Just when you thought politics couldn’t become anymore nuanced, there’s Civic Eagle, a tech startup founded by four African Americans that uses artificial intelligence to aid nonprofit and for-profit organizations with policy and advocacy campaigns.
Based in St. Paul, Minnesota, and Atlanta, Civic Eagle offers a SaaS platform to make policy campaigns in a $35 billion market more successful, less time consuming and cheaper by tracking policy, identifying legislative and regulatory risks, improving member management and identifying community stakeholders. The company is a member of Comcast’s accelerator, the Farm at the Battery in SunTrust Park, and its founders are currently debating on where to plant their home-base, according to Co-founder and CEO Damola Ogundipe.
“We’re really interested in the southeast tech ecosystem, so we’re waiting to make that decision till July on where our ‘headquarters’ will be,” he said.
“Our experiences as African Americans founders are just not the same as the experience of a white, male founder. It’s just not.
Ogundipe, who previously worked as a finance and management consultant, said he’s always had a passion for public policy and found a way to implement technology and innovation to solve a major problem in the political sector with his co-founders. Civic Eagle has found that less than 20 percent of the time, an advocacy campaign actually results in the desired outcome, which is where their tech comes in.
“I wanted to figure out ways to bring technology and business and politics together in a way that could help solve issues and make the world a little bit better,” he said.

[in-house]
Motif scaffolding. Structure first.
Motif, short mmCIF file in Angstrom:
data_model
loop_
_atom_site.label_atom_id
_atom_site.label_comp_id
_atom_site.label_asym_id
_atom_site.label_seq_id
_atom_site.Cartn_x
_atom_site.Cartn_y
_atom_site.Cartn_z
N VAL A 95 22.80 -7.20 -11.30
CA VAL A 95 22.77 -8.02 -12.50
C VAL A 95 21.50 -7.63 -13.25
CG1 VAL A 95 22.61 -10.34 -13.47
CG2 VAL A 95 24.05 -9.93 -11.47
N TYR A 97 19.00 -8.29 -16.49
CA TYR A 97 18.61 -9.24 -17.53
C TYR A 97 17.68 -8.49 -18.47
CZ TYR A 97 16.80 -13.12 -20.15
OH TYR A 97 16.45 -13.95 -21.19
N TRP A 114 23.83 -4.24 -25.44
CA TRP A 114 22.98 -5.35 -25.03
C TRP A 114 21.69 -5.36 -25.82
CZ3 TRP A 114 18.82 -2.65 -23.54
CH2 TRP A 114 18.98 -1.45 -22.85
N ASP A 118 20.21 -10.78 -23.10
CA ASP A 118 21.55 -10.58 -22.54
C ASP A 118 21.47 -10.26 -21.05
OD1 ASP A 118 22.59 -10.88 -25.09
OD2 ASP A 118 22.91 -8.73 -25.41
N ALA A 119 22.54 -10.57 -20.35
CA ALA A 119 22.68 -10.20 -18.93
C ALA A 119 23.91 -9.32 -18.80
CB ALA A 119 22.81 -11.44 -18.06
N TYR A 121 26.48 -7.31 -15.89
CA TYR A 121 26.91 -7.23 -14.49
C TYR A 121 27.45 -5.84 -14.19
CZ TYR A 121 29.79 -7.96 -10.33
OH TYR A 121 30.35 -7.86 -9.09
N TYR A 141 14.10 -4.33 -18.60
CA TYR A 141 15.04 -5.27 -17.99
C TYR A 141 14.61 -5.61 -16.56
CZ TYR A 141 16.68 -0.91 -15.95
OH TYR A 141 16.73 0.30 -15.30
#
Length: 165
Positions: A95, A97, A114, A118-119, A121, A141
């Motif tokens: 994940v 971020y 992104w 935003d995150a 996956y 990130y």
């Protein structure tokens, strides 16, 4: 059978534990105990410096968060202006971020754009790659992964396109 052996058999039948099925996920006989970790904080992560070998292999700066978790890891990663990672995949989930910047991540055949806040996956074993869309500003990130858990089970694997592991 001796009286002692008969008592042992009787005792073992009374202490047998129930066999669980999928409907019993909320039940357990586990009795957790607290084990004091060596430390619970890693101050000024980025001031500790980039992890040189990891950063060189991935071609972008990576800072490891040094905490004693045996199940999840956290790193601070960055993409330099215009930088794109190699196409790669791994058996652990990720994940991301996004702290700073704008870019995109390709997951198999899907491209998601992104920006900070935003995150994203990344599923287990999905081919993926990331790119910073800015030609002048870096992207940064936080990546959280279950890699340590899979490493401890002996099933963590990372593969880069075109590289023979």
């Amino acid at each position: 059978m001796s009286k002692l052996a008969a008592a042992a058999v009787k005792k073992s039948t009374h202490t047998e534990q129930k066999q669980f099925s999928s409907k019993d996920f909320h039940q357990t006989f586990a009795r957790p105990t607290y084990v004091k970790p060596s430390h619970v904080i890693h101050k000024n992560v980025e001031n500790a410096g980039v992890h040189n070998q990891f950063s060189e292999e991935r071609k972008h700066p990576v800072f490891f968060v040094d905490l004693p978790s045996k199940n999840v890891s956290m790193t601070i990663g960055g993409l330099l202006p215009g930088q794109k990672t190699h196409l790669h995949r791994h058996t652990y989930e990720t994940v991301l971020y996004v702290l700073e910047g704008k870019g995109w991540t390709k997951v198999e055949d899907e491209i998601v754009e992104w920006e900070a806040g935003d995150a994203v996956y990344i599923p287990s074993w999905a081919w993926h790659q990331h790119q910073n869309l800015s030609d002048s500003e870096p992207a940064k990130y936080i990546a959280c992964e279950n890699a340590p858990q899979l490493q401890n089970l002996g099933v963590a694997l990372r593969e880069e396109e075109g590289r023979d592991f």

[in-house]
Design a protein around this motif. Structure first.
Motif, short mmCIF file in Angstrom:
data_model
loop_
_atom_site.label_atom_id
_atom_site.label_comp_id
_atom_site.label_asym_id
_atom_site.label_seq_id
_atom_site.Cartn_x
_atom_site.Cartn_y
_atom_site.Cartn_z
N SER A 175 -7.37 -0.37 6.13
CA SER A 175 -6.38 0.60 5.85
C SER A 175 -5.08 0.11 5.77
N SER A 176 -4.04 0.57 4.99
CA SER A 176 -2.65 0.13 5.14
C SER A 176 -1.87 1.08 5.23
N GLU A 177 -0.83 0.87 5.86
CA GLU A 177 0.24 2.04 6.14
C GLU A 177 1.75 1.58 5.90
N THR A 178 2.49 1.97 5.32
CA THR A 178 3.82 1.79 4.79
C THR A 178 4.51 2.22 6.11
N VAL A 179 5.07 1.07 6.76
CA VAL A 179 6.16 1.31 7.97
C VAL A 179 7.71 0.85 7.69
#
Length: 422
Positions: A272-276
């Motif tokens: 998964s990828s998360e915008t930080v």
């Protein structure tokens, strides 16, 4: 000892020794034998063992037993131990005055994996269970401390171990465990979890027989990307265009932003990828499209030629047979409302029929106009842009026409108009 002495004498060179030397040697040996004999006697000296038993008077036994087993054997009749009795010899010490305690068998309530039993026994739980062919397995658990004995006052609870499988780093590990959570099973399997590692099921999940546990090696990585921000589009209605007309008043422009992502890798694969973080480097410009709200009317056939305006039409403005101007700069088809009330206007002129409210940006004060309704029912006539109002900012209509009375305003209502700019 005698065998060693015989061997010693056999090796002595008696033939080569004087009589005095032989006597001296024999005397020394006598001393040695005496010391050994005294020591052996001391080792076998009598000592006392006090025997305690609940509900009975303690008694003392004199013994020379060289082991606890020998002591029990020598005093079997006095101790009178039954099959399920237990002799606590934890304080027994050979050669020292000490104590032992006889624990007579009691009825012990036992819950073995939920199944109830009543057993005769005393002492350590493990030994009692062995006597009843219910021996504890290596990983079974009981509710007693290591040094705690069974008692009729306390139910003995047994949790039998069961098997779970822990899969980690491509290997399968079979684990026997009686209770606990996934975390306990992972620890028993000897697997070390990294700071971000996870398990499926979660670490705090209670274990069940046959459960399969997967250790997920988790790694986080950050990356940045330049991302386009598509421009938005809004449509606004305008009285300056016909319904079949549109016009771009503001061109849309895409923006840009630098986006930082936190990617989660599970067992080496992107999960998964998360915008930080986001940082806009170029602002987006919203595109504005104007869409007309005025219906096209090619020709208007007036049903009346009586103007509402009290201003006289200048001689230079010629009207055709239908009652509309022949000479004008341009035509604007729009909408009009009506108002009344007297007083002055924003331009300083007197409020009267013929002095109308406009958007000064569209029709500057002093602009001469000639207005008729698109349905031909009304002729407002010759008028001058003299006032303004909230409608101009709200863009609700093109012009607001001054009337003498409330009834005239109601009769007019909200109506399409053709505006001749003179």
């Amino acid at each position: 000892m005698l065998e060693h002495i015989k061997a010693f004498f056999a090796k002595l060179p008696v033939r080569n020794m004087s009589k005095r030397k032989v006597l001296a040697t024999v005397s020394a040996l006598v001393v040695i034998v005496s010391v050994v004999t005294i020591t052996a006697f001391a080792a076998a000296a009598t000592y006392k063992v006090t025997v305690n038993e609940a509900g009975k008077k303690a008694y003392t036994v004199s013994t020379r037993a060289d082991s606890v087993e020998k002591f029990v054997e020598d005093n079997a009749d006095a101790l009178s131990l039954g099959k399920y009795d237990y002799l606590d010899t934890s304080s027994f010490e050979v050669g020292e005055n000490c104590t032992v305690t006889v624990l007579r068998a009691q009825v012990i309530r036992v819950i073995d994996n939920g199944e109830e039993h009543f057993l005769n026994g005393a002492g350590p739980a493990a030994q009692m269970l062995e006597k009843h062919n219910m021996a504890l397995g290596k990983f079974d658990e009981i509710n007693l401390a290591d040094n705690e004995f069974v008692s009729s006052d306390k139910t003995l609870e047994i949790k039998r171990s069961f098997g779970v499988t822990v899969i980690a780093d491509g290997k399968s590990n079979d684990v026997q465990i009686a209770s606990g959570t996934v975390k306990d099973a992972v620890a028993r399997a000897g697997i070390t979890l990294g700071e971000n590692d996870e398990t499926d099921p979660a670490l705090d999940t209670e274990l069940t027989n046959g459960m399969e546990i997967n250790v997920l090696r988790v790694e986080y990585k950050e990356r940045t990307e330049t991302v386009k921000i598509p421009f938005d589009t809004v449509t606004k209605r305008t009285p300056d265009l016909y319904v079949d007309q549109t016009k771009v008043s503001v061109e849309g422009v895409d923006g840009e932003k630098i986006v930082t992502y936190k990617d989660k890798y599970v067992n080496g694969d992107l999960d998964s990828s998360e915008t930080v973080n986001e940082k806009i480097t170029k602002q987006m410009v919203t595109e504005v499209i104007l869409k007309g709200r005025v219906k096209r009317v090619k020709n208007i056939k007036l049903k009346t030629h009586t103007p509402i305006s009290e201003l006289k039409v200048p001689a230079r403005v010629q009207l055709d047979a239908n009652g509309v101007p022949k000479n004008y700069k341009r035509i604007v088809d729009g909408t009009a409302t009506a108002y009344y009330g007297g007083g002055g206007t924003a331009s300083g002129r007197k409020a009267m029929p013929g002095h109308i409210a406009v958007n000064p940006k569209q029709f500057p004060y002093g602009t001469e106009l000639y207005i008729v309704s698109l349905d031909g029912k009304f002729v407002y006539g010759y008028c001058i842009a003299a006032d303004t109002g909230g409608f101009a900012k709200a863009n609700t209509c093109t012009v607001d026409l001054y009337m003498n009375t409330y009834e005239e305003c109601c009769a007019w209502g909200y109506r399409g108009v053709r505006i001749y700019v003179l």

Earlier this month, Ogundipe was named as a Camelback Ventures 2018 Fellow, which hopes to address the inequities of entrepreneurship by providing coaching, capital and customer connections to underrepresented entrepreneurs. He said the help from Camelback Ventures is an exciting win for Civic Eagle, because not only does the organization provide venture capital to their business, but helps connect them to the right leaders who can guide them through the entrepreneurial journey as minority founders.
“Our experiences as African Americans founders are just not the same as the experience of a white, male founder,” he said. “It’s just not. Because of that, it requires us to be more intentional in the programming of these things and the leaders that we get to learn from and Camelback Ventures provides that programing that can help us really understand how to do what we’re trying to do and how to accomplish our goals.”
In addition to the Camelback Ventures wind, Civic Eagle was also recently backed by Higher Ground Labs, a political technology fund, incubator and accelerator with a focus on scoring Democratic wins, from local to federal elections. Higher Ground Labs will provide capital and customer connections to Civic Eagle, Ogundipe said.
Though Civic Eagle is a nonpartisan company and works with several different types of organizations that are mission driven and issue based, the founders saw an opportunity to help where their services were needed, he said.
“We believe our products can help those progressive organizations, but we didn’t create our technology for progressive organizations,” he said.